At last. President Barack Obama has unveiled his own version of health care reform. No longer subjecting themselves to blame or praise for what members of Congress put forward, the Administration now has a plan to call it’s own. Copies of President Obama’s health care reform plan, as well as copious supporting material, are available on the White House web site.
And it looks a lot like what we’ve seen from Congress. In fact, it’s pretty much the bill passed by the Senate last December with some several tweaks – some significant; some less so. For example, the “sweeteners” benefitting specific states (think Nebraska and Louisiana) have been removed. Not a big surprise. Seizing on the recent outrage over large rate increases in the individual health insurance market the President has added a provision that would provide for “rate review” of premiums charged by health insurers by creating a Health Insurance Rate Authority “to provide needed oversight at the Federal level and help States determine how rate review will be enforced and monitor insurance market behavior.” The Associated Press describes this provision as seeking to “regulate the health insurance industry much like a public utility.”
Once there’s been time to analyze his proposal I’ll address specific elements of President Obama’s health care reform proposal. What’s of immediate interest is the strategy behind the proposal.
In advance of the bi-partisan health care reform summit he is convening this Thursday, President Obama had a choice concerning the nature of the health care reform proposal he put forward today. He could repackage comprehensive health care reform along the lines of those approved by the House and Senate. Or he could introduce a new, less comprehensive package. Whatever approach he chose would change the dynamics of the summit.
Moving forward comprehensive, complicated reforms based on what had already passed a chamber in Congress (which is what he did) would reassure Democratic members of Congress – many of whom risked their political careers supporting controversial reforms. This approach also gives him more negotiating room. The President can go to allies later and say “I fought for this provision, but if we want any health care reform we have to compromise.” This approach also allows him to offer the Republicans concessions that otherwise might never have been on the table. This seems to be the thinking of the White House. The Associated Press quotes Administration spokesman Dan Pfeiffer as saying the health care reform plan the President introduced today “is an ‘opening bid’ going into Thursday’s summit.” Mr. Pfeiffer then reiterated that “The president is coming into the meeting with an open mind. If the Republicans do, too, our hope is that we can find some areas of agreement.”
The problem with this approach is that it is more confrontational than the alternative. And it opens the Administration to charges that it has failed to understand the public’s concern with a dramatic increase in the government’s involvement in America’s health care system. In fact, that’s what’s happened with House Minority Leader John Boehner saying “the president has crippled the credibility of this week’s summit by proposing the same massive government takeover of health are based on a partisan bill the American people have already rejected,” according to the AP.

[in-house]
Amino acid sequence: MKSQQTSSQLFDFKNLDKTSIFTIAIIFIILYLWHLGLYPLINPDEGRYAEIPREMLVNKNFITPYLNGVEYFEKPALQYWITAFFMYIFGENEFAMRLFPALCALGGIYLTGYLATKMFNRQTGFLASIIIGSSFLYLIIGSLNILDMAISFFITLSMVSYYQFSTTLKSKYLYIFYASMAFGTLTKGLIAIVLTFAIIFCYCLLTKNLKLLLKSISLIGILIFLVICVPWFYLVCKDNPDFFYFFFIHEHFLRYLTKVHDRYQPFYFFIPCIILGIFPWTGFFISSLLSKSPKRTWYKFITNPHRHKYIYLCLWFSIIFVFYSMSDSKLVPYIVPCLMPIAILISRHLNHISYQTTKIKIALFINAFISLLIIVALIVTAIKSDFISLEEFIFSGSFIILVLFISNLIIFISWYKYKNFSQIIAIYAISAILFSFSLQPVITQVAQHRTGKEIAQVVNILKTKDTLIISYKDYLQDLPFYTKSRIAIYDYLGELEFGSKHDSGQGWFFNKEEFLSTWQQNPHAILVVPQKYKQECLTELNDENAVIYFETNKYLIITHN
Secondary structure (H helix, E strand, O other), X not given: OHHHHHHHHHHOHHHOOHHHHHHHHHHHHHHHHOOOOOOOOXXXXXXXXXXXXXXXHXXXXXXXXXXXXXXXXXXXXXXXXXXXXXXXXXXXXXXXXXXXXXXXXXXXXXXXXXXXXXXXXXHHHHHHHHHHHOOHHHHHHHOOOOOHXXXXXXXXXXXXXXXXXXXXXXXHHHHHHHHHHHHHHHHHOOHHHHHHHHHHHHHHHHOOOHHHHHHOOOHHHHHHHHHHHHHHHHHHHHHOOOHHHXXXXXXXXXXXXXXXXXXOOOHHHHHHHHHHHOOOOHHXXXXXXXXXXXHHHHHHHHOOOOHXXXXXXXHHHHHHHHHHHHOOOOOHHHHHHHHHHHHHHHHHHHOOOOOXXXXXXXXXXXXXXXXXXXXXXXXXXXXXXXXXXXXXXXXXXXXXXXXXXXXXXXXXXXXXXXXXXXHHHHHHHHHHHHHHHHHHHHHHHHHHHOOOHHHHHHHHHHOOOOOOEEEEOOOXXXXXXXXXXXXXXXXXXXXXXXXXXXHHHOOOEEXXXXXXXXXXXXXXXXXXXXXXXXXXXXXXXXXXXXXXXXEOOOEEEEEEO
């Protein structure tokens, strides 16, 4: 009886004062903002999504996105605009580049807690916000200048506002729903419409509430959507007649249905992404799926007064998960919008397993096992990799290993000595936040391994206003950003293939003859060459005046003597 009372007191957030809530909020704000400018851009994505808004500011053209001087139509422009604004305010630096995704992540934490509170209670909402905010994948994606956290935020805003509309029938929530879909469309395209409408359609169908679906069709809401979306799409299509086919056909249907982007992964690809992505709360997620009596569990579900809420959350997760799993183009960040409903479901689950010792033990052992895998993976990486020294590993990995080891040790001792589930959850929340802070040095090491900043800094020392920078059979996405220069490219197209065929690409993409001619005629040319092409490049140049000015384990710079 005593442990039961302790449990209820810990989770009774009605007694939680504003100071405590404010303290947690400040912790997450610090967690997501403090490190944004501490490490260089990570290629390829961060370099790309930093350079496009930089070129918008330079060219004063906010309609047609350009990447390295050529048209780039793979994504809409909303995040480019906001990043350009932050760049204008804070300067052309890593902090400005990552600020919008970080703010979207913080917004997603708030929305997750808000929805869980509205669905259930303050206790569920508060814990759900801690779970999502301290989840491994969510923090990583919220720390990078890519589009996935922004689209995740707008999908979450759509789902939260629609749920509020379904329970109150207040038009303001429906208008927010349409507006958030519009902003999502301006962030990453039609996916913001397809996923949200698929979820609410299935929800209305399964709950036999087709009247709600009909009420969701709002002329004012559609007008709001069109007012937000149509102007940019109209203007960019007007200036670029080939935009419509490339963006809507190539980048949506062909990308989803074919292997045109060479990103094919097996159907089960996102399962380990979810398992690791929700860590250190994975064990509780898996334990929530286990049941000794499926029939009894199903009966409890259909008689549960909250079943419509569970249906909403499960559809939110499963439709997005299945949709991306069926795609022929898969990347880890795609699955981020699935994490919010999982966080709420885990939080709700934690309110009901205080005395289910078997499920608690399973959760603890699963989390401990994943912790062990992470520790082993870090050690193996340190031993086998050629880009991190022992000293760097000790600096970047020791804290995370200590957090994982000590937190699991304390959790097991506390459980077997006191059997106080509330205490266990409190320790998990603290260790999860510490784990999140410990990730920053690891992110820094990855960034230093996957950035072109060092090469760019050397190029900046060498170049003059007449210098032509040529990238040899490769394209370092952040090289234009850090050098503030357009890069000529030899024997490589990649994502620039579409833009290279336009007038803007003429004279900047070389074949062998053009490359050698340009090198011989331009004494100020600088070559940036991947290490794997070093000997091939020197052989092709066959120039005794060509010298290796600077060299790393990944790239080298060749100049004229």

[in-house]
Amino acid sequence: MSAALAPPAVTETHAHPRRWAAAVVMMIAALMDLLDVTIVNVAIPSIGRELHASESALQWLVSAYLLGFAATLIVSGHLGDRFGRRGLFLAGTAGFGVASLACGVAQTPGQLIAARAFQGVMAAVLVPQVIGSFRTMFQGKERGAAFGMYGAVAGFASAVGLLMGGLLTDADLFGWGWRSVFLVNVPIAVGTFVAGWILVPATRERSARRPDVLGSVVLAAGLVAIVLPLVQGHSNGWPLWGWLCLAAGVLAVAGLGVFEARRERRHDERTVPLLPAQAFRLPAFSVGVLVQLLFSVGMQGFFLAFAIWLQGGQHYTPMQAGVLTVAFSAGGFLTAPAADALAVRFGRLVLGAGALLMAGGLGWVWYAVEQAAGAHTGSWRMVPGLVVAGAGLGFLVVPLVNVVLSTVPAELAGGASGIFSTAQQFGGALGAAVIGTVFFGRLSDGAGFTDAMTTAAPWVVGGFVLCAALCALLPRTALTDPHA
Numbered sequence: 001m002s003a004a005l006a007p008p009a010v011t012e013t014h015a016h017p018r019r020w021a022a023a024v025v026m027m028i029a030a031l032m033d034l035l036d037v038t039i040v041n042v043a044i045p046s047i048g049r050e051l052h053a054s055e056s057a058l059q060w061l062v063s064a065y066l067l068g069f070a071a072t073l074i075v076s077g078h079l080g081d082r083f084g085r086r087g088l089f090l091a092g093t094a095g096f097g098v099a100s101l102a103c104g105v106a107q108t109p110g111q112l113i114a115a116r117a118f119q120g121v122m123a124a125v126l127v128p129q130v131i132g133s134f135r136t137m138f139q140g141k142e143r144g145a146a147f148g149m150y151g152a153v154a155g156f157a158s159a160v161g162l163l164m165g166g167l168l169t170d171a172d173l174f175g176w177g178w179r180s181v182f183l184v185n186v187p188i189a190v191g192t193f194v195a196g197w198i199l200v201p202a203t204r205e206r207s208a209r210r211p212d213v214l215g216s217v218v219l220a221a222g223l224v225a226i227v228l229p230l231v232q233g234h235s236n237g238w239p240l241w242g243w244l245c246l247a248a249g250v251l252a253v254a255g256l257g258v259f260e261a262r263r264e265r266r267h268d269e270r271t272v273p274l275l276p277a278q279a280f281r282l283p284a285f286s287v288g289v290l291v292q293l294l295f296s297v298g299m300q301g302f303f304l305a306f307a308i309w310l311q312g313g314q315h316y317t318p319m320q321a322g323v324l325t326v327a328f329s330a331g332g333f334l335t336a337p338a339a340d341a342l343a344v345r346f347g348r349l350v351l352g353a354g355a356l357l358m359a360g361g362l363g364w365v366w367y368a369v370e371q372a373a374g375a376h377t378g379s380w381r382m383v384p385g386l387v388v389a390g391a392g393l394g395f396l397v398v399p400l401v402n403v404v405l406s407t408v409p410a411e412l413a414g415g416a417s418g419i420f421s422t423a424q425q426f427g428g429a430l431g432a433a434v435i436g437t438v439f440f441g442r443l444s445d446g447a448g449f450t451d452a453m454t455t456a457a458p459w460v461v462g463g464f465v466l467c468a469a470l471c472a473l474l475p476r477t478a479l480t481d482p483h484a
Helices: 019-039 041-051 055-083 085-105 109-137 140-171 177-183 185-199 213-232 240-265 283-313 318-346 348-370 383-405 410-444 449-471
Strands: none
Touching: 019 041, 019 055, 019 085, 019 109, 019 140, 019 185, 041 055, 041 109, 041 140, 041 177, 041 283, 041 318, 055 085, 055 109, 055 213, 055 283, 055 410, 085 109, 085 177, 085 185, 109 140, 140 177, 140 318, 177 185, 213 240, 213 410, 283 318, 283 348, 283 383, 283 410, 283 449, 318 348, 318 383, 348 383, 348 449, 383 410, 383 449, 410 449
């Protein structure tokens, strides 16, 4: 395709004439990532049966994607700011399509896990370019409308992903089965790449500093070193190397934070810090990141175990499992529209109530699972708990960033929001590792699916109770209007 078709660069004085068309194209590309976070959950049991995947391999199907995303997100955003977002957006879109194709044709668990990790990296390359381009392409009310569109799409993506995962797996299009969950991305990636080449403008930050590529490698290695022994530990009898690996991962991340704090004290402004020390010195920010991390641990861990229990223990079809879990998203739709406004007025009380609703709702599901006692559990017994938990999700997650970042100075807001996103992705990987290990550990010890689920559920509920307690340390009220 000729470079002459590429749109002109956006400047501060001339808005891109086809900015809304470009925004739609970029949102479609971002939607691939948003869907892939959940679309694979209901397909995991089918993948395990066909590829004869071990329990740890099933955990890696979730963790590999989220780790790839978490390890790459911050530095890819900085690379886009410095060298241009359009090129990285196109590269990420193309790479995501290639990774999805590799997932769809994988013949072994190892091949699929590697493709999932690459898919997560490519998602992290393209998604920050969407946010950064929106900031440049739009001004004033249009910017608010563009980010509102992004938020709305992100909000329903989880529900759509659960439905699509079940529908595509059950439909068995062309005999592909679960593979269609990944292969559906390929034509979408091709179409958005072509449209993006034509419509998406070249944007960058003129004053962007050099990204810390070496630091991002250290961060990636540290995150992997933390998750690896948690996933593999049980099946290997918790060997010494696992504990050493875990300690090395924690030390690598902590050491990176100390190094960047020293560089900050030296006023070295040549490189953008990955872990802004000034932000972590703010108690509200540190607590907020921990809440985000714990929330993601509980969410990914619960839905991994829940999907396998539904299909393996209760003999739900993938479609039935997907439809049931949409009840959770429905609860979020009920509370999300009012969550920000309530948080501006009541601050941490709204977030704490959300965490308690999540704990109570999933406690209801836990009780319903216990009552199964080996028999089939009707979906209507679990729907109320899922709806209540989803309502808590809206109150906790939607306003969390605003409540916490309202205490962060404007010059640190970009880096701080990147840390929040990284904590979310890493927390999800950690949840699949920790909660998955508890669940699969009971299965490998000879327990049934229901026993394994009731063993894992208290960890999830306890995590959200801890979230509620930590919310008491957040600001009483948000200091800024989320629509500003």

Yet if President Obama had taken the second option – putting forward a more modest health care reform package that already incorporated elements of Republican proposals – he would have taken flack from his Democratic allies and had left bargaining room. However, he also would have made it more difficult for Republicans to declare the summit political theater.
President Obama is not the only summit participant who will have to find a way to simultaneously appealing to his base while showing the flexibility independents demand. Republicans face the same challenge. The conservative base wants no compromise with the Democratic president. Independents, however, want lawmakers to solve problems.
My guess is that the president has decided to approach this political quandary in two-steps. First, demonstrate to the base that he wants what they want (although he did abandon the public option as an absolute non-starter and left it out of his proposal). The cost: a barrage of criticism from opponents that he’s arrogantly ignoring the public’s rejection of these plans (as indicated by various polls). The second step, however, will be to embrace proposals put forward by Republicans during the summit, claiming that the result is a bi-partisan bill. He’ll then work with Democratic lawmakers to introduce the refined legislation and challenge the GOP to reject a bill that includes several of their ideas. If this legislation fails President Obama still has the option of bringing forward a greatly scaled down bill blaming Republicans for failing to support more comprehensive reform.
Whether this strategy works or not remains to be seen. But the first moves have been made. It now falls to the Republicans to respond. Will they simply attack President Obama’s health care plan or offer alternatives of their own prior to the summit? And will those alternatives be presented as a single health care reform package or as a assorted, separate proposals? Will the GOP play solely to its base or seek to seize centrist ground? The President has given Republicans an opportunity to capture independents. Now we get to see what the GOP does with this opening.